Thucydides Roundtable Begins October 17

[Mark Safranski / “zen“]

An update regarding the Thucydides Roundtable;

Our list of esteemed roundtable participants has been finalized and while some administrative details need to be taken care of in the coming weeks and some promotional announcements are to come, we will formally begin October 17.

Readers who wish to follow along with us or engage in the comment section, we will be using The Landmark Thucydides as our official text.

When tweeting about the Thucydides Roundtable we will use the hashtag #FearHonorInterest. Participants may be cross-posting as well to their own blogs or social media accounts and are strongly encouraged to do so, but for ease of discussion, every participant’s post will appear here at zenpundit.com

The format will be similar to blogging roundtable events in past years, notably the Clausewitz and Xenophon roundtables. Participants will post on one “book” (chapter) a week in sequential order – i.e.  in week one, everyone posts about some aspect of Book I. The following schedule will be maintained throughout the roundtable:

Book I.  week of October 17

Book II. week of October 24

Book III. week of October 31

Book IV. week of November 7

Book V. week of November 14

Book VI. week of November 21

Book VII. week of November 28

Book VIII. week of December 5

Concluding Analysis week of December 12

Marching Orders”

For returning participants from prior roundtables, these are essentially the same as the ones enacted at Chicago Boyz blog for the Clausewitz Roundtable by Lexington Green.

Purpose of the roundtable: The overall goal is for each participant to read The Landmark Thucydides and to learn something from it, and to convey what they have learned in an interesting and engaging and informative way to the other participants and to our readers. Everything else is to flow from that goal and to be consistent with that goal.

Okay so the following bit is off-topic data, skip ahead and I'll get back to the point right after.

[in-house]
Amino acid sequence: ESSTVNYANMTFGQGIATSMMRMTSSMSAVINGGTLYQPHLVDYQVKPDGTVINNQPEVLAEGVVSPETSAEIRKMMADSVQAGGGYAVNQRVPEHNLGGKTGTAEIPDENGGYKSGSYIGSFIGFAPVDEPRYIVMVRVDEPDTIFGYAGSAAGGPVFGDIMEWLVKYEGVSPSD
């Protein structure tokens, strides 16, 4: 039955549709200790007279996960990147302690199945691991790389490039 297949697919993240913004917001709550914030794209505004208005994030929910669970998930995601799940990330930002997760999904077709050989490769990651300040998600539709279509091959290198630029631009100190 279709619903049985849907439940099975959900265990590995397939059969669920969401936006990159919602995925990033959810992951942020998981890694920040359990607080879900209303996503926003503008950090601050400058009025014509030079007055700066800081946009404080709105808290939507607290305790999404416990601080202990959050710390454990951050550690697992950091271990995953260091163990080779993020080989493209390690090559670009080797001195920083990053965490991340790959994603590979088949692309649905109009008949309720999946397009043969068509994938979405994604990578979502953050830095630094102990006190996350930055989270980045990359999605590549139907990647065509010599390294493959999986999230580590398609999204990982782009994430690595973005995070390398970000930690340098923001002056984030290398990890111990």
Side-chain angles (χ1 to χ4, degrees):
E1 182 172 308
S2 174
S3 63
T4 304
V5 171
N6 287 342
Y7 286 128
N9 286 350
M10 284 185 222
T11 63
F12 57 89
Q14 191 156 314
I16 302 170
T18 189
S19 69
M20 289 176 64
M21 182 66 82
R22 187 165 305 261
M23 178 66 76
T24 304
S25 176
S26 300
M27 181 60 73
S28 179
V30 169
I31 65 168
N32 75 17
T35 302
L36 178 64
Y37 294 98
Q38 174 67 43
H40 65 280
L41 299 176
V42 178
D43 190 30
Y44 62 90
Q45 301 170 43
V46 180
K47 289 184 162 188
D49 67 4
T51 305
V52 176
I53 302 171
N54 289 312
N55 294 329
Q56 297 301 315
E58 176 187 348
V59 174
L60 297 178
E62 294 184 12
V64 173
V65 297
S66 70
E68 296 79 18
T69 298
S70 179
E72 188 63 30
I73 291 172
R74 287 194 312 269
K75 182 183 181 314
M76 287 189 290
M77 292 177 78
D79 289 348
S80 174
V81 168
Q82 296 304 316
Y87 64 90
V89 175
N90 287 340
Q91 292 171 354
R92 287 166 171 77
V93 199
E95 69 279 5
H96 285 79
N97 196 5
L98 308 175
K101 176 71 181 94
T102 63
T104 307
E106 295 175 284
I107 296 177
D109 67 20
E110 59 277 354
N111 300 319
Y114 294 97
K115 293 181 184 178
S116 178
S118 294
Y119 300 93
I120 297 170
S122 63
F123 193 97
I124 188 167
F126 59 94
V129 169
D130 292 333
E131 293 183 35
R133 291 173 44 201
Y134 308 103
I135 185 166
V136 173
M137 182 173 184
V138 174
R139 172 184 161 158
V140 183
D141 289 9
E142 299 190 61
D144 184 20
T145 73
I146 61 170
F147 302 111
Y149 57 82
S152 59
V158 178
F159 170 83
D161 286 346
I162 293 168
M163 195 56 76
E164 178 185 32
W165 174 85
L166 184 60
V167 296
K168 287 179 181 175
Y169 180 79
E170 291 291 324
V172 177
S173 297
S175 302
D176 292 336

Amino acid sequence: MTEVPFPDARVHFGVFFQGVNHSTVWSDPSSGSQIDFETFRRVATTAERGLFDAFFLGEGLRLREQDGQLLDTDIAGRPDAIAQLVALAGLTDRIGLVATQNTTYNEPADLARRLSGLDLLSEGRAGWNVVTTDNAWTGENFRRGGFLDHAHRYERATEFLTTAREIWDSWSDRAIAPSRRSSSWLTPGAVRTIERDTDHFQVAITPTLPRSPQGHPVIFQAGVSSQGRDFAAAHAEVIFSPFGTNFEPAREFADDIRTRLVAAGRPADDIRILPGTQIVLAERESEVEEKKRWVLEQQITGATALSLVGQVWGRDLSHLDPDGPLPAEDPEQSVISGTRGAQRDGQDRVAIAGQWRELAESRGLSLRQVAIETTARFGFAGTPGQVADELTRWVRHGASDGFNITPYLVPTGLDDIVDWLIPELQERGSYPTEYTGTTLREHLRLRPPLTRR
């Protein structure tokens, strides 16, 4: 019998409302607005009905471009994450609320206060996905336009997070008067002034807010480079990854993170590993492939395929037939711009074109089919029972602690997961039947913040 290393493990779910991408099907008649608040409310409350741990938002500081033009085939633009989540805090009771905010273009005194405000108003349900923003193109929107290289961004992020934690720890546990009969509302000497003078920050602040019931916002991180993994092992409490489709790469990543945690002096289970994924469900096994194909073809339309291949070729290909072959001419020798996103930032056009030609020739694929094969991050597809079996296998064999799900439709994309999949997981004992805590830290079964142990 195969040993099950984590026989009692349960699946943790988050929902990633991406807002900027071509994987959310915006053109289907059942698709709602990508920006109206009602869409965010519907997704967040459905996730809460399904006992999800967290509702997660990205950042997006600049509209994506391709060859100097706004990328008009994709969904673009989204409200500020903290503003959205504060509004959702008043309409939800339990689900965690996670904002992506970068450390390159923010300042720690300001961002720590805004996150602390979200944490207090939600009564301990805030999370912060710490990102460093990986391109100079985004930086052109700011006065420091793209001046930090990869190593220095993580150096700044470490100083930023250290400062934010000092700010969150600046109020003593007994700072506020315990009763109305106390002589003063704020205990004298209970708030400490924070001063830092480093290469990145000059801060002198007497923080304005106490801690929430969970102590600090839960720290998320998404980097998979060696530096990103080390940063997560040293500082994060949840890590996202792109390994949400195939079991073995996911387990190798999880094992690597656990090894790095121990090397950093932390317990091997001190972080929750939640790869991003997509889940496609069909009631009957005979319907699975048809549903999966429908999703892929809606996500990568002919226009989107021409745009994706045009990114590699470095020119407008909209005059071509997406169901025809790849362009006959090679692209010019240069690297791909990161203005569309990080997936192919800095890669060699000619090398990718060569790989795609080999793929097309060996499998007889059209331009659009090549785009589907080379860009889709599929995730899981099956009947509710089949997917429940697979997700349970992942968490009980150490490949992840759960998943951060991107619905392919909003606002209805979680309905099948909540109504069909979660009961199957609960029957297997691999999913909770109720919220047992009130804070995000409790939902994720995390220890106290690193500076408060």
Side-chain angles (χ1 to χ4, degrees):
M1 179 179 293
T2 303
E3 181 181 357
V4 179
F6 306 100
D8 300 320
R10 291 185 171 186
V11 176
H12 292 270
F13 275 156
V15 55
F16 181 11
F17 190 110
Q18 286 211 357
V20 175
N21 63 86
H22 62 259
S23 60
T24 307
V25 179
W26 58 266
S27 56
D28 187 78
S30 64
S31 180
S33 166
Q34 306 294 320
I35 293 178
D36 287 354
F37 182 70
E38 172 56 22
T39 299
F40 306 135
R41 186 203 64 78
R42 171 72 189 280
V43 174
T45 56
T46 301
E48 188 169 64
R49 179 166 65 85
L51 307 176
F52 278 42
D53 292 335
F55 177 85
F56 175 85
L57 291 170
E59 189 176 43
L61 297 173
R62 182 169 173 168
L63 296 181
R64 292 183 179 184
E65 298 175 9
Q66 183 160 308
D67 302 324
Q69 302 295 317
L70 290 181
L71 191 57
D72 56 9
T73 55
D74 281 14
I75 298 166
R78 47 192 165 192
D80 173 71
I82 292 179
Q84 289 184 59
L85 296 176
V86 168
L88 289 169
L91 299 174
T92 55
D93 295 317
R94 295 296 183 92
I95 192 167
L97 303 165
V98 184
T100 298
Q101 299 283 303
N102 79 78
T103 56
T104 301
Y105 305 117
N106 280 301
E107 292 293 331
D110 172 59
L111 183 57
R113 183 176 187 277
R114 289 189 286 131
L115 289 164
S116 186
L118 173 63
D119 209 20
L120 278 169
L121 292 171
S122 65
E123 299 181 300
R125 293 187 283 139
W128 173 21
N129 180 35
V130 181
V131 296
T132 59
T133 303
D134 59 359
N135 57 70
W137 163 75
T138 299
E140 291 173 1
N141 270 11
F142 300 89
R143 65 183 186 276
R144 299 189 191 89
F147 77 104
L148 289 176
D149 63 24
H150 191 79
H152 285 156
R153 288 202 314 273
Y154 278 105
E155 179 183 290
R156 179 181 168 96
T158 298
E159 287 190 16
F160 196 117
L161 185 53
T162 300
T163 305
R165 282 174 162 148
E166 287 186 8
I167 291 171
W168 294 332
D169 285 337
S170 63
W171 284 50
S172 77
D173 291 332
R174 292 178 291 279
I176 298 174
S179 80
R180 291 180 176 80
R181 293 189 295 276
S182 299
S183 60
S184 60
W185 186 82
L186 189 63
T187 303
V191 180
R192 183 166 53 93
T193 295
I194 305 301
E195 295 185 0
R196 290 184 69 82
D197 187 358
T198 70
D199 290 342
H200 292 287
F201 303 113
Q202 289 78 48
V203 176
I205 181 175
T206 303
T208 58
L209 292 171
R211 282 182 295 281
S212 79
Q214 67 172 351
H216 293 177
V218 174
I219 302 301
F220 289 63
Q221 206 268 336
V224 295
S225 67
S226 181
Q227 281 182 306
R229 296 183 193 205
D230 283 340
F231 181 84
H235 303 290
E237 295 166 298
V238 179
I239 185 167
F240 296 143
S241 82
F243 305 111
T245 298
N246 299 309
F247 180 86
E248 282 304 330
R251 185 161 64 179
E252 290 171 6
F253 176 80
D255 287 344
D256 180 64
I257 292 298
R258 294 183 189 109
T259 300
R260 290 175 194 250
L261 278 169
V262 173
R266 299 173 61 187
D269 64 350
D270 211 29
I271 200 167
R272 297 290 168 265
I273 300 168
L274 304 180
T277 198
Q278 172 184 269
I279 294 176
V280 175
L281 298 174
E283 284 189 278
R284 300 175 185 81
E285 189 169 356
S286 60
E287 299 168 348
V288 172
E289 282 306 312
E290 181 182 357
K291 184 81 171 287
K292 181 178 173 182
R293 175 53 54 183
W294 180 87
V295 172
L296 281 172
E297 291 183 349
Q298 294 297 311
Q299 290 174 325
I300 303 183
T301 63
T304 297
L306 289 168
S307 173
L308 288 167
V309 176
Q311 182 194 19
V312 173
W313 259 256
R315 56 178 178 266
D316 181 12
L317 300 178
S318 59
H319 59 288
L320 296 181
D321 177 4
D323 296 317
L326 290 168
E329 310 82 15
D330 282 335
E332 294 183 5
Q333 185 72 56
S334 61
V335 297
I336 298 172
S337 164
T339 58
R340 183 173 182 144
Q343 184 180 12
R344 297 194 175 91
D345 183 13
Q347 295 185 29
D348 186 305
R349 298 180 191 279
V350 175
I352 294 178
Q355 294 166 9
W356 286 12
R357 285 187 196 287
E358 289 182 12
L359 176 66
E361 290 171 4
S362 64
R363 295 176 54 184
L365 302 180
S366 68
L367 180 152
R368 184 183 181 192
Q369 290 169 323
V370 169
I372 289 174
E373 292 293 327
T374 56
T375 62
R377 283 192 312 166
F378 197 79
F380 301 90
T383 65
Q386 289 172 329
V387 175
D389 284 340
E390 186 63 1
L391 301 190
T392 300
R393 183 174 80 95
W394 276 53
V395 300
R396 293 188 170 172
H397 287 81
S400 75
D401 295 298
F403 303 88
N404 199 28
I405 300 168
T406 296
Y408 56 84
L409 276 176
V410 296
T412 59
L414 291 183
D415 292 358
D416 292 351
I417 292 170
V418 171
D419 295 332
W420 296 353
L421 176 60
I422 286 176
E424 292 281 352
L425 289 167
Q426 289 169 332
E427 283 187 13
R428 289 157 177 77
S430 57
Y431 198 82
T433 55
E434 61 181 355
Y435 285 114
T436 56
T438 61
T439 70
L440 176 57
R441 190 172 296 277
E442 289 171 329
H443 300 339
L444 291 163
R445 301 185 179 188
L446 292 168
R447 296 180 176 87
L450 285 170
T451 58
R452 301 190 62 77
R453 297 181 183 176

1. Each participant shall read the book.

2. Each participant shall post his thoughts, comments, analysis, and impressions of the book, including its relevance and application today and in the future. The general thrust is to engage the text of the book, to “meet Thucydides” and then for each participant to communicate what he has learned in that meeting.  Beyond the Peloponnesian War itself, the application of Thucydides’s views, as conveyed in The Landmark Thucydides, to current and future issues of strategy, warfare, politics or any other pertinent subject, is encouraged.

3. There is no absolute prohibition on discussing context, other writers’ views, the history of Thucydides’ influence, etc. However, the focus should be the text. Each participant shall use their discretion in this regard. There is no limit on length of posts or number of posts by any participant.

4. The schedule for the roundtable is as stated above. There is no ironclad requirement that each person post each and every week. Nor is there a requirement that each participant only post once per week. However, one post, per week, on the Book which is scheduled for that week, is the guideline. Again, each participant shall exercise discretion in this regard. This is supposed to be fun and enlightening, not a chore.

There will be a “first” post to begin the roundtable by our co-host, Tanner Greer of Scholar’s Stage. After that, any and all participants may fire away, keeping the schedule in mind.

If other personal or professional commitments come up, that is understood and excused in advance.

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